The Pacific coast of North America is home to a truly peculiar toadfish, the plainfin midshipman (Porichthys notatus). Male midshipman fish nest under rocks in the intertidal zone and ‘sing’ to attract female mates to their nests. Midshipman fish only sing their courtship song at night, and the song is a low, continuous hum (∼100 Hz) that males make by twitching specialized sonic muscles on their swim bladders. These muscles can twitch at an amazing rate, upwards of 100 contractions per second, which is one of the fastest twitching muscles in any vertebrate.
But how do midshipman fish know to sing their songs at night? Like songbirds that call during the day, do midshipman fish use hormonal cues to govern their vocalizations? These questions captured the attention of Ni Feng and Andrew Bass, from Cornell University, USA. The pair set out to examine whether melatonin, a time-keeping hormone in vertebrates, might control midshipman song.
Melatonin production follows a circadian rhythm that translates the light–dark signal of the rising and setting sun into an internal hormonal signal. The role of melatonin is often inhibitory in day-active, diurnal animals such as songbirds: when melatonin concentrations increase after sunset, animal activity and song production are suppressed. Melatonin provides animals with cues about when to be active and when to rest during their daily cycle.
Feng and Bass tested whether the nocturnal courtship call of the midshipman was under circadian control and stimulated by melatonin. The pair of investigators experimentally changed external light cycles in the male midshipman’s tanks using programmable lighting and altered their internal melatonin levels using implants that would mimic melatonin's action. Feng and Bass then recorded how male courtship song changed under these varying conditions.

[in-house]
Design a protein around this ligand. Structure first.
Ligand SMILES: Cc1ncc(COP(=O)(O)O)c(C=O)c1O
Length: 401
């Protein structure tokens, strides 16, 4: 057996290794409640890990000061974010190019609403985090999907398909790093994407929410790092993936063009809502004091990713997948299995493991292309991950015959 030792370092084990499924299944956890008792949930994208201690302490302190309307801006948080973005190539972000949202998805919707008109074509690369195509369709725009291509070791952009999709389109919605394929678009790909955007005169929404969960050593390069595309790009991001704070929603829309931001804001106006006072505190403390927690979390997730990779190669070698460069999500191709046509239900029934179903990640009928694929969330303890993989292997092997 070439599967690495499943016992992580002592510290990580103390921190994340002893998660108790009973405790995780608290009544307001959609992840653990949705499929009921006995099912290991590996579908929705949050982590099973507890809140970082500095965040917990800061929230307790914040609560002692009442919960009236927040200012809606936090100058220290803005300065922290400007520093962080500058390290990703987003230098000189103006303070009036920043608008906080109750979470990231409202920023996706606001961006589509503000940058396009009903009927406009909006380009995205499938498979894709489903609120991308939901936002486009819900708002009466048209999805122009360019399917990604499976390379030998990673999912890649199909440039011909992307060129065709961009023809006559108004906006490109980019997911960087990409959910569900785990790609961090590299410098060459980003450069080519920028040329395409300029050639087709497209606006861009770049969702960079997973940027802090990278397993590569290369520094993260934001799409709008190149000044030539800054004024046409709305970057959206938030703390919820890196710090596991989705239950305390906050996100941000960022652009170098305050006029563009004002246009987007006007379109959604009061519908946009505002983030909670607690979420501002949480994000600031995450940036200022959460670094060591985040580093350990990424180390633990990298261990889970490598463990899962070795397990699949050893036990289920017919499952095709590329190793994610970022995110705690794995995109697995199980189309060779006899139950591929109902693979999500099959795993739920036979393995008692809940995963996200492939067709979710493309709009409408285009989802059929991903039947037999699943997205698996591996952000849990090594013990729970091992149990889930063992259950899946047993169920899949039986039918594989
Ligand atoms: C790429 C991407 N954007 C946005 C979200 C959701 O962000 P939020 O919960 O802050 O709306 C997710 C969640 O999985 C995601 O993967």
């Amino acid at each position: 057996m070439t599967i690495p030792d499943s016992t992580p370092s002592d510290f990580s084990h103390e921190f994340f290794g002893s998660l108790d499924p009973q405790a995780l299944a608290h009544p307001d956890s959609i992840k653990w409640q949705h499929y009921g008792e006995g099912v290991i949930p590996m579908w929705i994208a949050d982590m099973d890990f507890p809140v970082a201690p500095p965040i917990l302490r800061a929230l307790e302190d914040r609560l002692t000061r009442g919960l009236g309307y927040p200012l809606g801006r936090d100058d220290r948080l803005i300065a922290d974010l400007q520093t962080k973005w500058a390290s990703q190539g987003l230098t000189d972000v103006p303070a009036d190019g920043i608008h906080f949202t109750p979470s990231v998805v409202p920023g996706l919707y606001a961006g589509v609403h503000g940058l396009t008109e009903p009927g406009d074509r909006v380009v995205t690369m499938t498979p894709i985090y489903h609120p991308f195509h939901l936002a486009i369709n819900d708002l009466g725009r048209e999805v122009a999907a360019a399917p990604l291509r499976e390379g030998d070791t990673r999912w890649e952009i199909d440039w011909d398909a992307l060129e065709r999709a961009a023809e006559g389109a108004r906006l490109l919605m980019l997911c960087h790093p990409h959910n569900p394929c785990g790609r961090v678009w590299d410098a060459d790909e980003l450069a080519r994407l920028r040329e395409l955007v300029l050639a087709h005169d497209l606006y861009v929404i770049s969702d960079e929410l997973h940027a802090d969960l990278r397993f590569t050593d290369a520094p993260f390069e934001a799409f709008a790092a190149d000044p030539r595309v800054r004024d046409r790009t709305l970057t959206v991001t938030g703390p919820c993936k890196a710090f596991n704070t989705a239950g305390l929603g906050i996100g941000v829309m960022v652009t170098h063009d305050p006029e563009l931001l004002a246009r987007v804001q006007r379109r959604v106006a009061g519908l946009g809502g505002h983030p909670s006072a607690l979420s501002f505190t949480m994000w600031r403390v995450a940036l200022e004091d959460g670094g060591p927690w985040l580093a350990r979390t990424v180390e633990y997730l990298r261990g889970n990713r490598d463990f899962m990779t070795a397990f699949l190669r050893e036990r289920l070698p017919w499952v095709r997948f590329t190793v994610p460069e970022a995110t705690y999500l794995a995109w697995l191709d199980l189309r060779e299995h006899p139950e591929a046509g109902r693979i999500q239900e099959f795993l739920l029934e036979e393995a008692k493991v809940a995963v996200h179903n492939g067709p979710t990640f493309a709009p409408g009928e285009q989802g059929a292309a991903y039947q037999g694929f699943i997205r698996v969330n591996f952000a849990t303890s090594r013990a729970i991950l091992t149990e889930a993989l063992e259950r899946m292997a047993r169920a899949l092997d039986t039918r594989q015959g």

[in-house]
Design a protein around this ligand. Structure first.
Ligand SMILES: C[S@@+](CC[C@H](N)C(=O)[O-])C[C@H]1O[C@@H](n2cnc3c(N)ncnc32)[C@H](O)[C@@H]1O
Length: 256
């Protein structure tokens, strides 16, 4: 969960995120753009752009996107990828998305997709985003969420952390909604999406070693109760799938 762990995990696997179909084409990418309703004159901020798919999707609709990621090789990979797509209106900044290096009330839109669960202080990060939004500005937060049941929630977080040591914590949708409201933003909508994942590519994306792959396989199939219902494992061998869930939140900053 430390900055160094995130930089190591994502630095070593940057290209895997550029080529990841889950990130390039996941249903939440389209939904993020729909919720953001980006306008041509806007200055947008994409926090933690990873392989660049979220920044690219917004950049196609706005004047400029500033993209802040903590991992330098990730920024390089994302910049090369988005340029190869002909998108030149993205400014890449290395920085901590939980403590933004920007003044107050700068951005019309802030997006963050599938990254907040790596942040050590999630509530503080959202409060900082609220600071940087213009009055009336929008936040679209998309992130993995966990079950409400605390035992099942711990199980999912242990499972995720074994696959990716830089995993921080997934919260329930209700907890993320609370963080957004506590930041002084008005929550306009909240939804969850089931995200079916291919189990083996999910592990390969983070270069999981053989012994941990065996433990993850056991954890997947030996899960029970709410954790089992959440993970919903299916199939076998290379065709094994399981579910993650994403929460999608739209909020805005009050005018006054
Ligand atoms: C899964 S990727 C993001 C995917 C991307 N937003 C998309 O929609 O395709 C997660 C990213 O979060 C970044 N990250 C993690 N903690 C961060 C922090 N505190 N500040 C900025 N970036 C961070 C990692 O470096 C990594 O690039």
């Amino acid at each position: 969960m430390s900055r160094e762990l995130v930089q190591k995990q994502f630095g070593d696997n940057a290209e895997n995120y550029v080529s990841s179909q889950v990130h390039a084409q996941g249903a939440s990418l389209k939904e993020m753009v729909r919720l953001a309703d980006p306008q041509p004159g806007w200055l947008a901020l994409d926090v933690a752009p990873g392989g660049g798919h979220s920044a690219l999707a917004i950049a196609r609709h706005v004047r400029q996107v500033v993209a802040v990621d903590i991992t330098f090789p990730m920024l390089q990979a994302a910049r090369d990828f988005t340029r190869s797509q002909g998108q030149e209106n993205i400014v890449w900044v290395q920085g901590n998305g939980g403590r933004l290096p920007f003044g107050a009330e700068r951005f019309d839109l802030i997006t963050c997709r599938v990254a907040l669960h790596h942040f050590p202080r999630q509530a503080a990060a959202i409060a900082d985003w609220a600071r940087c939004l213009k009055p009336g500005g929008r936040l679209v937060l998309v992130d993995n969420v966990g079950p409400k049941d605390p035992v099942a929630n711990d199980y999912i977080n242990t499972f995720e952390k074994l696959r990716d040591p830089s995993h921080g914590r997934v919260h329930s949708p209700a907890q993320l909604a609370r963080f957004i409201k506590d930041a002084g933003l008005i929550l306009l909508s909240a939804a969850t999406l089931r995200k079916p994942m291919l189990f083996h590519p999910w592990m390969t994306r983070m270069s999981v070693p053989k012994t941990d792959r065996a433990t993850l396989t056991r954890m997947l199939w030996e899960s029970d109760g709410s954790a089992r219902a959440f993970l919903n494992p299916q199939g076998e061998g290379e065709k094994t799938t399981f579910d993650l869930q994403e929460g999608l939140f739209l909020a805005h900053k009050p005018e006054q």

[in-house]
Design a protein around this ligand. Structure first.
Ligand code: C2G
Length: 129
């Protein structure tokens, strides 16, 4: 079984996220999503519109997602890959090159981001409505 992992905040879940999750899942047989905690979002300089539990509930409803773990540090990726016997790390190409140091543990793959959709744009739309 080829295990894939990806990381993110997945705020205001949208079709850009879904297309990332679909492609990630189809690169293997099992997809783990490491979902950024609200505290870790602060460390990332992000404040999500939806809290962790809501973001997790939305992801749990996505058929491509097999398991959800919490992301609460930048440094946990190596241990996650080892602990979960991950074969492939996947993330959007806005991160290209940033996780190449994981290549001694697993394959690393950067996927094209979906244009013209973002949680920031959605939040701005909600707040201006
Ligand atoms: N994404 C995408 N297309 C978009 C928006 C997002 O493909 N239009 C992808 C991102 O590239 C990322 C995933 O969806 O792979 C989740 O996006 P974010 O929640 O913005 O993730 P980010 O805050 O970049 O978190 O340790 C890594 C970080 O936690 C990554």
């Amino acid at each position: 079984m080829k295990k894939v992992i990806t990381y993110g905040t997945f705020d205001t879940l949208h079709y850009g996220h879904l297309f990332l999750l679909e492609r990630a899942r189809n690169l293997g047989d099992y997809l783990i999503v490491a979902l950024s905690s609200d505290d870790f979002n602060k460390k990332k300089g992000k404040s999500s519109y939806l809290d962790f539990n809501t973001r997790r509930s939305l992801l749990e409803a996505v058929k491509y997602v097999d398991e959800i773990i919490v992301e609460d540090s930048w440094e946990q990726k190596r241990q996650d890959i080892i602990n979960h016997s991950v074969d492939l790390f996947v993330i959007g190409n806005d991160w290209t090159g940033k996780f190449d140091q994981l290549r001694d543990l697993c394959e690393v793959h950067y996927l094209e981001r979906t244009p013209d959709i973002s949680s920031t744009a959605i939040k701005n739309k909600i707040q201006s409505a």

Under normal light–dark conditions, the researchers found that midshipman song had a circadian rhythm and the fish would only sing at night. However, when the researchers placed the fish under constant light, their daily rhythm of singing was suppressed. Constant light inhibited their singing cycles, likely because melatonin was also suppressed. Next, Feng and Bass implanted midshipman fish with a melatonin mimic to test whether they could ‘rescue’ male song under constant light, by adding a melatonin cue, and this time the fish began singing again. The hormone can trigger singing, even in daylight.
But how does melatonin cue the midshipman's reproductive ballads? To answer this final question, Feng and Bass mapped melatonin receptors in the brain of midshipman fish. They found that melatonin receptors were indeed concentrated in areas of the brain that govern reproductive behaviours and song production. This map nicely linked melatonin to the daily regulation of such behaviours.
Feng and Bass have interestingly shown that melatonin acts in the opposite direction to most diurnal animals: it actually stimulates song production at night in these nocturnal fish, rather than suppressing it. Their elegant series of experiments showed that regular cues from melatonin ensure that midshipman fish keep their nightly courtship serenades on time.